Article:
I read this book for my sociology class. It was the best I've read. The stories of these kids are so involving and twisted that you wonder if this is book is fiction. This gives such insight to the problems of todays juveniles and how the court system fails them repeatedly and how the kids fail themself. Truly sad and yet reminding us how cold life can be and how fortunate some of us actually are relative to these kids. Although you can read this book in a few hours, it's still worth having on your shelf. This book is part indictment of the system and part spotlight on the troubles ahead for us all if it's not corrected.
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NMHLIS was written back in 1996. I don't know how much things have changed since, but I can't imagine they're that much better. The difference is that nowadays, a kid who habitually beats up adults and steals their handbags isn't going to be protected by juvenile barriers. They'll try him as an adult and he'll do time.

The justice system in this portrayal is torn between adult and child attitudes. If the kid is tried as a juvenile for theft, he'll end up in a youth facility until adulthood, so if he's 16, he could be in there until he's 21, and that's 5 years! In the adult court, he'd get 6 months, but at the risk of being in an adult prison, where he can be severely exploited or killed.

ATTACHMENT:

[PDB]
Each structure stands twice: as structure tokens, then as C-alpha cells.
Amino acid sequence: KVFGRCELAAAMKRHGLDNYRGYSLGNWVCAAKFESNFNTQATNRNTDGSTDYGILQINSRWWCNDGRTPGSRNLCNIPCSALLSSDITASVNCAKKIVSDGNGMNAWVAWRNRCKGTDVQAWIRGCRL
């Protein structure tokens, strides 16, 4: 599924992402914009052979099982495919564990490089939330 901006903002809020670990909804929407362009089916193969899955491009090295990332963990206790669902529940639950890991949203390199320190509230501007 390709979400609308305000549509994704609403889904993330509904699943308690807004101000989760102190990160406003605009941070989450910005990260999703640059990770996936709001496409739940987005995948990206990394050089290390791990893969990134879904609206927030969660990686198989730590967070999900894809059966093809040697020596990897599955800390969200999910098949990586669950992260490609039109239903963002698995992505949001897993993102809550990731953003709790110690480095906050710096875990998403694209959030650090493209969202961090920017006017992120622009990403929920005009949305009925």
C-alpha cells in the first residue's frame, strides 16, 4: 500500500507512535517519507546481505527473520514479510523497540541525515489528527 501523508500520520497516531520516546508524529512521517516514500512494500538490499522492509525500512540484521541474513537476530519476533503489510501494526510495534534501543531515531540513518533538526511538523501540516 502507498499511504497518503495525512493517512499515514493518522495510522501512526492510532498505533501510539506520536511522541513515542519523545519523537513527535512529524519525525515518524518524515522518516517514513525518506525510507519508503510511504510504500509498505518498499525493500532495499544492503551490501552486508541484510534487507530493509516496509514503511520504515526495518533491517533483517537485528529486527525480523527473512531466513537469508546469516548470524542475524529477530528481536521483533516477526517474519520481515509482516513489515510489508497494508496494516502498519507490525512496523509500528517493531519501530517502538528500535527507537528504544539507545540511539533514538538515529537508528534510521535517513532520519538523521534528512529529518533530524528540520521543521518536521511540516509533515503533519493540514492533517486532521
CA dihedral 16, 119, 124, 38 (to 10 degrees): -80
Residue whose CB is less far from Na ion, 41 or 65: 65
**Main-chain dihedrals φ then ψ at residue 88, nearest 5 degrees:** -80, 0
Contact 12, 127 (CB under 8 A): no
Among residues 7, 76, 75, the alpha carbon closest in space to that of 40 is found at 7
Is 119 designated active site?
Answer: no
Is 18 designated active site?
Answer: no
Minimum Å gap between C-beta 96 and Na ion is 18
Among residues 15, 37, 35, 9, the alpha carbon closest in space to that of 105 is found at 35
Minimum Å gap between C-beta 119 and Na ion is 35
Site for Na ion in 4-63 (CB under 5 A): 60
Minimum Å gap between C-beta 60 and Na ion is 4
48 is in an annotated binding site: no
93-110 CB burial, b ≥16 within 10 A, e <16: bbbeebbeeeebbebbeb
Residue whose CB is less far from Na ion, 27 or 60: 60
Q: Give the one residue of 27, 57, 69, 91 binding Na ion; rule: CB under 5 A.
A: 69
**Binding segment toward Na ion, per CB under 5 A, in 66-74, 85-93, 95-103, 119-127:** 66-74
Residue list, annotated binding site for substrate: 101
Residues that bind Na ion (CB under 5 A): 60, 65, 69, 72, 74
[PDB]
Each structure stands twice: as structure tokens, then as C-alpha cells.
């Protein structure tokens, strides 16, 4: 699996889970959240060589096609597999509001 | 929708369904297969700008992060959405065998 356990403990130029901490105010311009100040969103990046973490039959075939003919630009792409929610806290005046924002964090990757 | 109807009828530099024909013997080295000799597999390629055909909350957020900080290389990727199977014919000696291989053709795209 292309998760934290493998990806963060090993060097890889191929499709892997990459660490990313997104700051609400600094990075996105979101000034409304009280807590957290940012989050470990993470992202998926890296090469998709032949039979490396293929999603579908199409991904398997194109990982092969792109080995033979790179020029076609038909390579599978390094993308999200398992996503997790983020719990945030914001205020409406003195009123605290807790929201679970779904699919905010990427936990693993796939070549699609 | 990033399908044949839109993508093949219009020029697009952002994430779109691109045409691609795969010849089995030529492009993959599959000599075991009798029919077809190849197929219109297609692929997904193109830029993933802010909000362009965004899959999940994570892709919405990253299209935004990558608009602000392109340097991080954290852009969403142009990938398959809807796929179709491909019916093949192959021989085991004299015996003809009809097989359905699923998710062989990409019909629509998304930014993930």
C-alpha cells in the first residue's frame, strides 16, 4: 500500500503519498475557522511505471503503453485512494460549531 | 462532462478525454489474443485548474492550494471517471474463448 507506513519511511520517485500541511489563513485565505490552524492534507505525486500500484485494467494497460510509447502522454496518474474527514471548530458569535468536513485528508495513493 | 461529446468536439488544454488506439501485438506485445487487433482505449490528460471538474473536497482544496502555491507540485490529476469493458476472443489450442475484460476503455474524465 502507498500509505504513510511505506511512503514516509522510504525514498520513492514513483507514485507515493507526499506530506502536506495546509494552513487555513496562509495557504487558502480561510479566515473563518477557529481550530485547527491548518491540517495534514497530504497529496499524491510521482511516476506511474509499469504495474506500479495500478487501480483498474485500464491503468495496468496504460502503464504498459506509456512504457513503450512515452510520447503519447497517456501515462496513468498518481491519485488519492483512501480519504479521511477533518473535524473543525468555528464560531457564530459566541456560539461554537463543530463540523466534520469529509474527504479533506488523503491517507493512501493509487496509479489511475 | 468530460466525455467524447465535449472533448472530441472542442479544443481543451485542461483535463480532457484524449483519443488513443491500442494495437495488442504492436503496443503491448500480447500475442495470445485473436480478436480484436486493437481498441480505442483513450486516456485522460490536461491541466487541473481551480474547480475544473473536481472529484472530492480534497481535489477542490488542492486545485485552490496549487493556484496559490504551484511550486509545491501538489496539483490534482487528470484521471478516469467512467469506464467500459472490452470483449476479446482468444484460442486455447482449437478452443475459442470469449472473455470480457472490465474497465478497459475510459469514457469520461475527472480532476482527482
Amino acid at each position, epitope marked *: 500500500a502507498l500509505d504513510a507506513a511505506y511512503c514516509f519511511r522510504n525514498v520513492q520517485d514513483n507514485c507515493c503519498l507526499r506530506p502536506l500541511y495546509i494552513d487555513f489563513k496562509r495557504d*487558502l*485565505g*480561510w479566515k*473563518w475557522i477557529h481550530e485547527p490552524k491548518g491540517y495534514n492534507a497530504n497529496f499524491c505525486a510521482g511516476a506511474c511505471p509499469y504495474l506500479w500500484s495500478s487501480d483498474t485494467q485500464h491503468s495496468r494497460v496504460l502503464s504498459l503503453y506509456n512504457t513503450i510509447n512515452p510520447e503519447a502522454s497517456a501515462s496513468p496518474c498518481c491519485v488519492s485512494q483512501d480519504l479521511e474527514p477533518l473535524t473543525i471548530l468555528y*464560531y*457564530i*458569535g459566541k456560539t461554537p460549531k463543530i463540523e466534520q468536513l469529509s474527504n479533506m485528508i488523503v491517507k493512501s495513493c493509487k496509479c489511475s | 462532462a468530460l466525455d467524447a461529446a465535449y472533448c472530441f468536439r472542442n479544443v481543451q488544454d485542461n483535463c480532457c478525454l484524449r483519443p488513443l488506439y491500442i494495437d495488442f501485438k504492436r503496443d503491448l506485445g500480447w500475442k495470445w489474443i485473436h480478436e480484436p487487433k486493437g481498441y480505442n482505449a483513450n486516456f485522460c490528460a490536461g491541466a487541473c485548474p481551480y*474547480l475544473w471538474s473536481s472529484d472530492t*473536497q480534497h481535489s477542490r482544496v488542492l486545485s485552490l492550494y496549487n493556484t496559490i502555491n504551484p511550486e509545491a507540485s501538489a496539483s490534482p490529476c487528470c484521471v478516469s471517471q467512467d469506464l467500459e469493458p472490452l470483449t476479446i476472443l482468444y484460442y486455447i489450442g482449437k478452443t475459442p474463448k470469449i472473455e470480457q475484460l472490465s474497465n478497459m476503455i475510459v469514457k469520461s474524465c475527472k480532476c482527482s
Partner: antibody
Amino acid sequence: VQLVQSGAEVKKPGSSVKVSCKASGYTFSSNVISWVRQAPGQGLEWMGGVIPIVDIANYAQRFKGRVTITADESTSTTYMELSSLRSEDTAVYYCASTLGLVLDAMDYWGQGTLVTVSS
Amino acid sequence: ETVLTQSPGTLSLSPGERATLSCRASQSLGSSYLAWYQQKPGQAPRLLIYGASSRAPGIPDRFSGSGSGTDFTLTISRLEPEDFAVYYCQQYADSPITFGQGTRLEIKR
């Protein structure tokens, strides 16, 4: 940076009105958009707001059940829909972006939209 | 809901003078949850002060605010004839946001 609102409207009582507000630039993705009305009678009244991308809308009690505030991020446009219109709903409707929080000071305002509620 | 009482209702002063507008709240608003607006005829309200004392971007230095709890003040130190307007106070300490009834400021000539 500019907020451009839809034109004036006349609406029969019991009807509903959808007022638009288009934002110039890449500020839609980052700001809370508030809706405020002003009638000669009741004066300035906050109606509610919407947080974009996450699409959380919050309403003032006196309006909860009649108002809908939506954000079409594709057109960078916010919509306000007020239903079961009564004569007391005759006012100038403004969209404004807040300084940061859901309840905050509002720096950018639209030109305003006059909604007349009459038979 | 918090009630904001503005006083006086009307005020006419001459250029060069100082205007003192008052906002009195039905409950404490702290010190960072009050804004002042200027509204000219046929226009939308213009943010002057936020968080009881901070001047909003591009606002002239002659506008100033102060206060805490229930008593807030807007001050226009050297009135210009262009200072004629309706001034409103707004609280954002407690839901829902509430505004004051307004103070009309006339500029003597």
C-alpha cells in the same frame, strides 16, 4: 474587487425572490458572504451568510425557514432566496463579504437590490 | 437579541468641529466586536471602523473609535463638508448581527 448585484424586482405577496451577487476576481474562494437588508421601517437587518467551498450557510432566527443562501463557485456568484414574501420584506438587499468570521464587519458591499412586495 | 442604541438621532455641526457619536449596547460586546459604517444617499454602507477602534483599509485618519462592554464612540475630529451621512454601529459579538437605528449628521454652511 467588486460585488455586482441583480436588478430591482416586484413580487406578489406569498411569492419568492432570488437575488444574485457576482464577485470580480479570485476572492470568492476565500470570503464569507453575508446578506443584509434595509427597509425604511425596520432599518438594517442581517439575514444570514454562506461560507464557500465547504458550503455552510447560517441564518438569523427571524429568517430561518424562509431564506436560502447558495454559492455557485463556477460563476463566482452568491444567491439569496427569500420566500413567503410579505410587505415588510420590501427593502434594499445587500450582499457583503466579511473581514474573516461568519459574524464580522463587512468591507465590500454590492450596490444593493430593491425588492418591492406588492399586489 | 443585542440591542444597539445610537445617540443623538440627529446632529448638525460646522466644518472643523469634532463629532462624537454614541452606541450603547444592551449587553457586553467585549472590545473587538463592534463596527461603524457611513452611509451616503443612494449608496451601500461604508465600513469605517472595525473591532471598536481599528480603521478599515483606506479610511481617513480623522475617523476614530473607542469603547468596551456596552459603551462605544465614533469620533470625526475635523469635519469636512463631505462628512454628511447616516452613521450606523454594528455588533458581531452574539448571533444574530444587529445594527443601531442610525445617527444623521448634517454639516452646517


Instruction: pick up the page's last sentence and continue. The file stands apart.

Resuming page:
Around this time, Judge Judy Sheindlin wrote "Don't Pee On My Leg and Tell Me It's Raining," about her experiences as a juvenile court judge. The NYC family court was a "criminal college" where kids committed violent crimes, went to youth facilities, came out, went back to their terrible neighborhoods, and back to where they started. NYC had a string of out-of-control killings committed by teenagers, all of whom were repeatedly in trouble. But for murder, the cases had to be moved to adult court, and these kids eventually ended up in adult jail.

In "Scared Straight" a convict tells the kids "you're like a dog that keeps pissing on the carpet, after a while the judge doesn't know what to do with you anymore." These kids in NMHLIS would eventualy end up serving long sentences in jail. The judges had thrown up their hands and said "I don't know what to do with you anymore!"
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Much like Mr. Humes' "Monkey Girl," he combines great writing and outstanding investigative work to produce a must read book. To say that the current approach in dealing with children is disfunctional would be putting it mildly. A chronically underfunded juvenile system, a short-sighted or unaware populace and no political will to fix this huge cancer is very well depicted in the author's book. Most of the repeat offenders, identified in the system as Sixteen Percenters, know full well how laughably arbitrary and ineffective justice is meted out to them. Though the scenes depicted are about the Los Angeles' juvenile court system, it is indicative of a national problem. Even in my very low crime-rate state of Maine, people who have worked within our juvenile-court system have said that Mr. Humes analysis is right on the money. Though it was published in 1996, his reporting holds up to today's zeitgeist. The book was extremely compelling, but so infuriating that I could barely see straight. If you'll excuse me, I'm going to go hug my two young sons, now.